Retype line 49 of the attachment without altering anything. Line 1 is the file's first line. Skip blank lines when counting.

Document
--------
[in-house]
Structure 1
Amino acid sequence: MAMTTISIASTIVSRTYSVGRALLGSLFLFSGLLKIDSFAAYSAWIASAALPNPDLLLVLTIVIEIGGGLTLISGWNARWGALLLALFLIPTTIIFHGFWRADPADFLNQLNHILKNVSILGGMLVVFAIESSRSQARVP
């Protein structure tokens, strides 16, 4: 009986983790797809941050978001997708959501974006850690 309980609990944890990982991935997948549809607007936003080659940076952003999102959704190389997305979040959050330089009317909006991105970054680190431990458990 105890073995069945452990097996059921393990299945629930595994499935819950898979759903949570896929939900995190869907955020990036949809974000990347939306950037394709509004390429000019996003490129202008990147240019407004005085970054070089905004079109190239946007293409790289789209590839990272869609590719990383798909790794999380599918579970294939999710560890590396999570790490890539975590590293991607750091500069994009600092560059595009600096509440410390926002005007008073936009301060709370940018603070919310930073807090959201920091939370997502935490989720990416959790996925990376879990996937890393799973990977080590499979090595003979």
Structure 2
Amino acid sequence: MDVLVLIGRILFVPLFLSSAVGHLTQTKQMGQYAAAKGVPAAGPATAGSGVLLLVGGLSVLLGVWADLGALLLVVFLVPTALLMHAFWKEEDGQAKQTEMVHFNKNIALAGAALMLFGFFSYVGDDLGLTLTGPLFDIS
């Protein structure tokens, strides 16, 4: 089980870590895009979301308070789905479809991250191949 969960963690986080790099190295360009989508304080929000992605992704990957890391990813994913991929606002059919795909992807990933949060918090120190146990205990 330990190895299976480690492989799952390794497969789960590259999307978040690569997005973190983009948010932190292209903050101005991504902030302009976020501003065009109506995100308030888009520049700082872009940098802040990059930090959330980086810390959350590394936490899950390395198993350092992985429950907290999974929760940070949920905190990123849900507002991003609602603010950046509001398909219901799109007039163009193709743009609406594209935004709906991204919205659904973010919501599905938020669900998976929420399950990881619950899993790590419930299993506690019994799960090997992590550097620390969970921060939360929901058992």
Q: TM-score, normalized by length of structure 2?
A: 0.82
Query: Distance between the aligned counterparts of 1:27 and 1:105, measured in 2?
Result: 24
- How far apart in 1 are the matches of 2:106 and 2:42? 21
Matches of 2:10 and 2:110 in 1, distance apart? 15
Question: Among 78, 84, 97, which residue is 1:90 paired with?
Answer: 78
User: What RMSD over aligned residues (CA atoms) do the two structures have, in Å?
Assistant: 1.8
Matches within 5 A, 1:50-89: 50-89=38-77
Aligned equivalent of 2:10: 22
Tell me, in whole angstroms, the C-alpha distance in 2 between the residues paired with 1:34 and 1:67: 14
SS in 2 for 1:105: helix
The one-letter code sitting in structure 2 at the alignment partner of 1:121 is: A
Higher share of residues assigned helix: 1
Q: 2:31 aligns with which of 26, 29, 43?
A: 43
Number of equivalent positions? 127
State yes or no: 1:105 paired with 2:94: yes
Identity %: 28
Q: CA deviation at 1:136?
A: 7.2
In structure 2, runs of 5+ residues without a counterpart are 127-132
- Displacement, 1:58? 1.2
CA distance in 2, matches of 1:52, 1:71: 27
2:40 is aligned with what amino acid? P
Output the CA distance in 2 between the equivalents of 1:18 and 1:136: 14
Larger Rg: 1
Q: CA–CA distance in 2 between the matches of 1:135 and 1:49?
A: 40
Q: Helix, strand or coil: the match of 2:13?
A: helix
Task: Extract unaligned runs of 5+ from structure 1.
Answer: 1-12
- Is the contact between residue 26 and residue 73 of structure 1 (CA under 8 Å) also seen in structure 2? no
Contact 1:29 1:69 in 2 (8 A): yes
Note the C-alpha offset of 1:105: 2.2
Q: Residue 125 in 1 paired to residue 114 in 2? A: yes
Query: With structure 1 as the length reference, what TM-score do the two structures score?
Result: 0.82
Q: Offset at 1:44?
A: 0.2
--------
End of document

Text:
Q: Offset at 1:44?